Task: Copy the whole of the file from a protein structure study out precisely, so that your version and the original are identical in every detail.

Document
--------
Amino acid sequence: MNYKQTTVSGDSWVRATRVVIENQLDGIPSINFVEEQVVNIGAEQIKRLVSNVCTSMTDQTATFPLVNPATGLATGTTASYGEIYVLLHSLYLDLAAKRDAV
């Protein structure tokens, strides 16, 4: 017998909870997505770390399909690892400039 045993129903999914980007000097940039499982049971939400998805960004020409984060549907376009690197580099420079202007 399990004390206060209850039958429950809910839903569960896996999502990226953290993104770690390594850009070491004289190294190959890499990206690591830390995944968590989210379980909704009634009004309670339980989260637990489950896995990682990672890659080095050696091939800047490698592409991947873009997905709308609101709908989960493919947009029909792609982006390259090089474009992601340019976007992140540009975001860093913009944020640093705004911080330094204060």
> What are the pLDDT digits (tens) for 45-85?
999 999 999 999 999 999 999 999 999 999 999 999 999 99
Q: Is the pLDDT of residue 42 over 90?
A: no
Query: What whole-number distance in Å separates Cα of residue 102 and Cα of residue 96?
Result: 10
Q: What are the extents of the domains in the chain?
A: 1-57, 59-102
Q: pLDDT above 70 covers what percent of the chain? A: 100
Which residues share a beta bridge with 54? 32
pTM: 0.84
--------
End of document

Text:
Amino acid sequence: MNYKQTTVSGDSWVRATRVVIENQLDGIPSINFVEEQVVNIGAEQIKRLVSNVCTSMTDQTATFPLVNPATGLATGTTASYGEIYVLLHSLYLDLAAKRDAV
């Protein structure tokens, strides 16, 4: 017998909870997505770390399909690892400039 045993129903999914980007000097940039499982049971939400998805960004020409984060549907376009690197580099420079202007 399990004390206060209850039958429950809910839903569960896996999502990226953290993104770690390594850009070491004289190294190959890499990206690591830390995944968590989210379980909704009634009004309670339980989260637990489950896995990682990672890659080095050696091939800047490698592409991947873009997905709308609101709908989960493919947009029909792609982006390259090089474009992601340019976007992140540009975001860093913009944020640093705004911080330094204060």
> What are the pLDDT digits (tens) for 45-85?
999 999 999 999 999 999 999 999 999 999 999 999 999 99
Q: Is the pLDDT of residue 42 over 90?
A: no
Query: What whole-number distance in Å separates Cα of residue 102 and Cα of residue 96?
Result: 10
Q: What are the extents of the domains in the chain?
A: 1-57, 59-102
Q: pLDDT above 70 covers what percent of the chain? A: 100
Which residues share a beta bridge with 54? 32
pTM: 0.84